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A spur-of-the-moment Enchantments loop trip, this hike was conceived only 3 days prior while at work. With the weather looking very promising, my friend Nate and I decided it was high time to get a lap in of this super-famous Washington hike. We opted for a bit of an unconventional route: exiting the Enchantments core via Prusik Pass instead of the much more common Snow Lakes route.

In the end, we traveled from the Stuart/Colchuck trailhead to Colchuck, up Aasgard Pass, through the Enchantments core, left to gain Prusik Pass, descending to Shield/Earle/Mesa Lakes, climbing up to Edward Mesa, and descending the Rat Creek drainage to Yellow Jacket Tower and then following a climber’s trail back down to the Icicle River and across to the truck. We were on the trail at 0430 and were back at the truck, quite ready to be done at 1628, just 2 minutes less than 12 hours.

The early-morning hike to Colchuck was excellent and due to the long summer days, we only hiked with headlamps for about 30 minutes before it was light enough to put them away. We reached the lake just as the sun was beginning to illuminate Dragontail and Colchuck Peaks. Another 30 minutes had us around the lake to the base of the trail to ascend Aasgard Pass. Nate set a perfect pace up and we achieved Aasgard at 0800, taking an hour-fifteen to gain the 1,300′ vertical feet over 0.9 miles. We made friends with a couple groups of mountain goats, along with some adorable little kids who were quite inquisitive.

The Enchantments basin was spectacular, as always. The clouds/fog burned off and lifted almost immediately after we crested the pass and bathed the whole basin in sunlight. I can never choose a favorite view — it’s all unbelievable.

Working our way east, we dropped into the lower basin area where the larch trees start coming back. There was still a fair amount of snow in the basin and in many of the smaller lakes and tarns. Surprisingly, even being a Saturday in July, we didn’t see a soul in the Enchantments basin, not a solitary tent or sign of a camp. Nothing. It was rad.

We dropped down to Perfection Lake and then headed up Prusik Pass. Shield Lake on the other side was to be our lunch spot. From the notch at Prusik Pass, we glissaded down most of the way to Shield. Glissading is about the best way to travel, and I highly recommend this method of travel. It’s essentially like jumping on the freeway of the backcountry. At Shield Lake, we enjoyed what can only be described as “the best-tasting sandwich ever constructed”. Nate re-created his sandwich the next day to verify if it was indeed a delicious sandwich or if we were simply extremely hungry. Verdict: delicious sandwich. You’ll have to email me for the full ingredients list, but I’ll give you a couple hints: fresh bagel + two meats + cheese + chipotle aioli, served at altitude. Perfection.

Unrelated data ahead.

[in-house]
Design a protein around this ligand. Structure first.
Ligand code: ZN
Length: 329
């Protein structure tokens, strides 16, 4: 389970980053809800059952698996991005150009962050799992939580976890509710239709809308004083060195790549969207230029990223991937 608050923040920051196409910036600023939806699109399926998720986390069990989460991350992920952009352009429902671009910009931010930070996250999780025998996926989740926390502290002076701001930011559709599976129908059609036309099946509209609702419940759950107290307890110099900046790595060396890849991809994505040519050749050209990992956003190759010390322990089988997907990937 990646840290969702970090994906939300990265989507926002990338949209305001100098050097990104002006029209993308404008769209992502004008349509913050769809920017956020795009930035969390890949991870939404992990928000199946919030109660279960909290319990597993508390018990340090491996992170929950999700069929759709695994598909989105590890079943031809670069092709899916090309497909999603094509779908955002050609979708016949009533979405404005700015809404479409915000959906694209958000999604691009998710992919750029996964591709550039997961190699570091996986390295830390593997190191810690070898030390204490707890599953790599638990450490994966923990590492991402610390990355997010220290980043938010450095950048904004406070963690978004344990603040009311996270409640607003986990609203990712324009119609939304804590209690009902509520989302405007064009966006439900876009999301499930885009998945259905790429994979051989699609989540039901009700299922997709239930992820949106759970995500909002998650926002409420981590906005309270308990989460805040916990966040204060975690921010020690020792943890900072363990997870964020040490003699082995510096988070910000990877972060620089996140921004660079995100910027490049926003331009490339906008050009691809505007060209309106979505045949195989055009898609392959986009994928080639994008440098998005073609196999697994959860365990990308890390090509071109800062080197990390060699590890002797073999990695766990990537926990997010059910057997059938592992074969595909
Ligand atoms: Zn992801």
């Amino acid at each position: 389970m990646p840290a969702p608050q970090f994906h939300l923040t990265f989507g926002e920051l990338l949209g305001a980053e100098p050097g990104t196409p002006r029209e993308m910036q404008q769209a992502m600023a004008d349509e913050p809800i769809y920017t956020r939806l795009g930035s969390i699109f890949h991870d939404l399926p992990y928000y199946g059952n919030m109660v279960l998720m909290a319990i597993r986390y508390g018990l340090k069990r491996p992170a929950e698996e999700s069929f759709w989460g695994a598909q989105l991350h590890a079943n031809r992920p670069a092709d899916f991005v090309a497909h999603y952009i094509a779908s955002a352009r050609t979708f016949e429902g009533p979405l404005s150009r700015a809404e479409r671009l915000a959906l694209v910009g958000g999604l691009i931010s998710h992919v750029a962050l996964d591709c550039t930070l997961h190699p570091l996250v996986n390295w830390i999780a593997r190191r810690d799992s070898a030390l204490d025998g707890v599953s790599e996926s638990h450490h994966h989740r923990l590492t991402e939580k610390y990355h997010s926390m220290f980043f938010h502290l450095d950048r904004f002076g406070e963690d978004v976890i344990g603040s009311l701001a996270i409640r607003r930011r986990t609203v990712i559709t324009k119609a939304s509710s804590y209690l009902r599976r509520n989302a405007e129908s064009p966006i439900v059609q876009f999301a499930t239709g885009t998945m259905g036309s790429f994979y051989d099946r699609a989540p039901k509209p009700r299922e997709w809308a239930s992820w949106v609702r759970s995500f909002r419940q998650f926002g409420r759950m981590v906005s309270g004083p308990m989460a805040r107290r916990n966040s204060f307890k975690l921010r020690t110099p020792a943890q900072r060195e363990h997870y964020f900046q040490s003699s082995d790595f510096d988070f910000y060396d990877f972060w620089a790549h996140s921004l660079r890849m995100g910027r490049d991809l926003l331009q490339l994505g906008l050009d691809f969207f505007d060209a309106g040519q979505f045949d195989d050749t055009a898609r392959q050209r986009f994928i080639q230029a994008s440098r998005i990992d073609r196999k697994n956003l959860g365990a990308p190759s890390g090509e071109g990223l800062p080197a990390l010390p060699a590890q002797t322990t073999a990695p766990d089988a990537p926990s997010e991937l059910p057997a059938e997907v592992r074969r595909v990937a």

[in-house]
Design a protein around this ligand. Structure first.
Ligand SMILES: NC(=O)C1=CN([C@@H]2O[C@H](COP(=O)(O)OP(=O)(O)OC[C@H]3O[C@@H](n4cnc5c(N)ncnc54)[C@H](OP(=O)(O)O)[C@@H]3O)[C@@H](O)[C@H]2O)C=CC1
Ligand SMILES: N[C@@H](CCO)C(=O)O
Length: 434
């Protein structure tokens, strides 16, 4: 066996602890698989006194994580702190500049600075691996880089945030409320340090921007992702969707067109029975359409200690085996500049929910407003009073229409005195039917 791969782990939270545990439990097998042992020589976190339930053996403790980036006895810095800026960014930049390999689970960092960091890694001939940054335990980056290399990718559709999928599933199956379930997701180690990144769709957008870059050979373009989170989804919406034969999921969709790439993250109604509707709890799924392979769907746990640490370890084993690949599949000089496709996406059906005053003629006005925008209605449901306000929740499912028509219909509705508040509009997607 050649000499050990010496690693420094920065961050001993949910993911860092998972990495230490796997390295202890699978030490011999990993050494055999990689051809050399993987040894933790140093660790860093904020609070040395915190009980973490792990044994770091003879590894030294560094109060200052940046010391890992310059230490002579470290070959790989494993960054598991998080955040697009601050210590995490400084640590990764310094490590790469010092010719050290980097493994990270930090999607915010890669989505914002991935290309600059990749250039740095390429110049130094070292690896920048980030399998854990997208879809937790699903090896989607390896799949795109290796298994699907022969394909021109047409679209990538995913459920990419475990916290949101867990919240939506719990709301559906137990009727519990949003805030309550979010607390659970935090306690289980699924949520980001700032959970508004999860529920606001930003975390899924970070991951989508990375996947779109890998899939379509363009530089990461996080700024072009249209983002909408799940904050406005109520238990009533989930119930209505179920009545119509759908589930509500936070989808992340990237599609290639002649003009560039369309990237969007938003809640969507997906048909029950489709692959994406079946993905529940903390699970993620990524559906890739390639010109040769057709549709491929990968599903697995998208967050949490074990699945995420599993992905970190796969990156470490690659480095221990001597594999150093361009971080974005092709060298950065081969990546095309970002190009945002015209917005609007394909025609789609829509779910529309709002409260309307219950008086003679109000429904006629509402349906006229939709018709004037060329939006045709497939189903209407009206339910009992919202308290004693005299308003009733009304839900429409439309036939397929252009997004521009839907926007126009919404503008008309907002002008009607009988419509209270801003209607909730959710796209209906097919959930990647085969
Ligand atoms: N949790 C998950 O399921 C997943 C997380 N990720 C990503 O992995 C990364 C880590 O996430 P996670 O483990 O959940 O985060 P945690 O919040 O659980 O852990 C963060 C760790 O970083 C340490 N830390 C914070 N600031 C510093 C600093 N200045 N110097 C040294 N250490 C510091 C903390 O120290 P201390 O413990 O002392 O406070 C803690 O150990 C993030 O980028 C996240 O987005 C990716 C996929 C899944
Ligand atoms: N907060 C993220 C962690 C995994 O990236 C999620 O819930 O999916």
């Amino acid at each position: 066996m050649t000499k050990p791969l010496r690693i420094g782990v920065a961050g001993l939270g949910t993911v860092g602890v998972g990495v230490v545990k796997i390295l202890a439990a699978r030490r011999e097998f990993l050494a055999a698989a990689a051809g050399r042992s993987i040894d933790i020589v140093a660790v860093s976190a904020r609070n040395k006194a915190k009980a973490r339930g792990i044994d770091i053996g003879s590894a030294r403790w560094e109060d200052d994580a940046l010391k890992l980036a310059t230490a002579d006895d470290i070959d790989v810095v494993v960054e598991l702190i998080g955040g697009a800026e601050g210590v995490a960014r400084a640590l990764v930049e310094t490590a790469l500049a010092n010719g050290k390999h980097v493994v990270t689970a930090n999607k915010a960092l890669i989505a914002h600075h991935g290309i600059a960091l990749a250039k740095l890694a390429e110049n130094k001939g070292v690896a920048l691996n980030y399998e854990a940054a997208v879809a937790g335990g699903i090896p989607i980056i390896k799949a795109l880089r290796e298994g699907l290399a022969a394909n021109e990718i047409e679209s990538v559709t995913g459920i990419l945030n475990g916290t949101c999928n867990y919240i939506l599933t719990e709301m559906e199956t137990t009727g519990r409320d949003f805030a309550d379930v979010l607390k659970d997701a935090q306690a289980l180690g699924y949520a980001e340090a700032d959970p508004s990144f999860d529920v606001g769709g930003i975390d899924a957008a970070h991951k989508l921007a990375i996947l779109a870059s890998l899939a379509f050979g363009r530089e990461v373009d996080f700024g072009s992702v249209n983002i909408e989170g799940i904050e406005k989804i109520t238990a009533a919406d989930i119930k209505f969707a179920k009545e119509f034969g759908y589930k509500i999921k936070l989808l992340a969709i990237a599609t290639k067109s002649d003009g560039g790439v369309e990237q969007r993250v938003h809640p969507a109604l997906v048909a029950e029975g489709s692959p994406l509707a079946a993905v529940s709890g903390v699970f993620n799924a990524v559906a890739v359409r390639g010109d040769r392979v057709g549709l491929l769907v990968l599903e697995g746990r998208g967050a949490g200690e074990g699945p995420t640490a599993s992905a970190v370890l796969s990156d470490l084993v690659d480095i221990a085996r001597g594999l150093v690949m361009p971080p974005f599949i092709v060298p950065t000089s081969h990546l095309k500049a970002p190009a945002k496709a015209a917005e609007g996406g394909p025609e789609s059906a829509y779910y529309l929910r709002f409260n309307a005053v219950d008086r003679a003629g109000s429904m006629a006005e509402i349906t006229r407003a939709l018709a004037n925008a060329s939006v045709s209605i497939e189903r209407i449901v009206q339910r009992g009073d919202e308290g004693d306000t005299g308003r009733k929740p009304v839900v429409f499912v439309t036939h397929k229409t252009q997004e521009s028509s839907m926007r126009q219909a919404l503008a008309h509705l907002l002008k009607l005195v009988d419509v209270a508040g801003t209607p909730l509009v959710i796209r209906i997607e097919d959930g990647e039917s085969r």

At Shield Lake, word got out in the local (and possibly neighboring) mosquito civilization(s) that lunch was served (us). We quickly made tracks down-trail to put some distance between us and a potential Zika infection. At this point, the trail became faint and then disappeared entirely as we began to ascend Edward Mesa. This exit from the Enchantments is true “dotted-line” hiking. I’d never done any of this type of hiking, so it was pretty cool stepping out of my comfort zone and doing some true way-finding.

This way-finding continued all the way across the mesa to the top of the Rat Creek Group and then down the drainage to Yellow Jacket Tower. We encountered soberingly steep snowfields (no glissading here — only very determined kick-steps), endless boulder-hopping, and scree-skiing. Finally descending to Yellow Jacket, it took about 30 minutes to locate the terminus of the climber’s trail that comes up the lower valley wall to the tower. Having seen it now, it would be easier to find it again, but there was about 4 or 5 ascents/descents up and down the canyon wall looking for that little trail.

The Rat Creek drainage exit definitely shaves some miles and avoids the “Snow Creek Slog”, but it is very steep and I wouldn’t recommend it unless you are a confident (and possibly slightly insane) hiker/climber. Needless to say, I had a blast!




BONUS ADDITIONAL (unedited, from the eye of an iPhone):



Coming soon!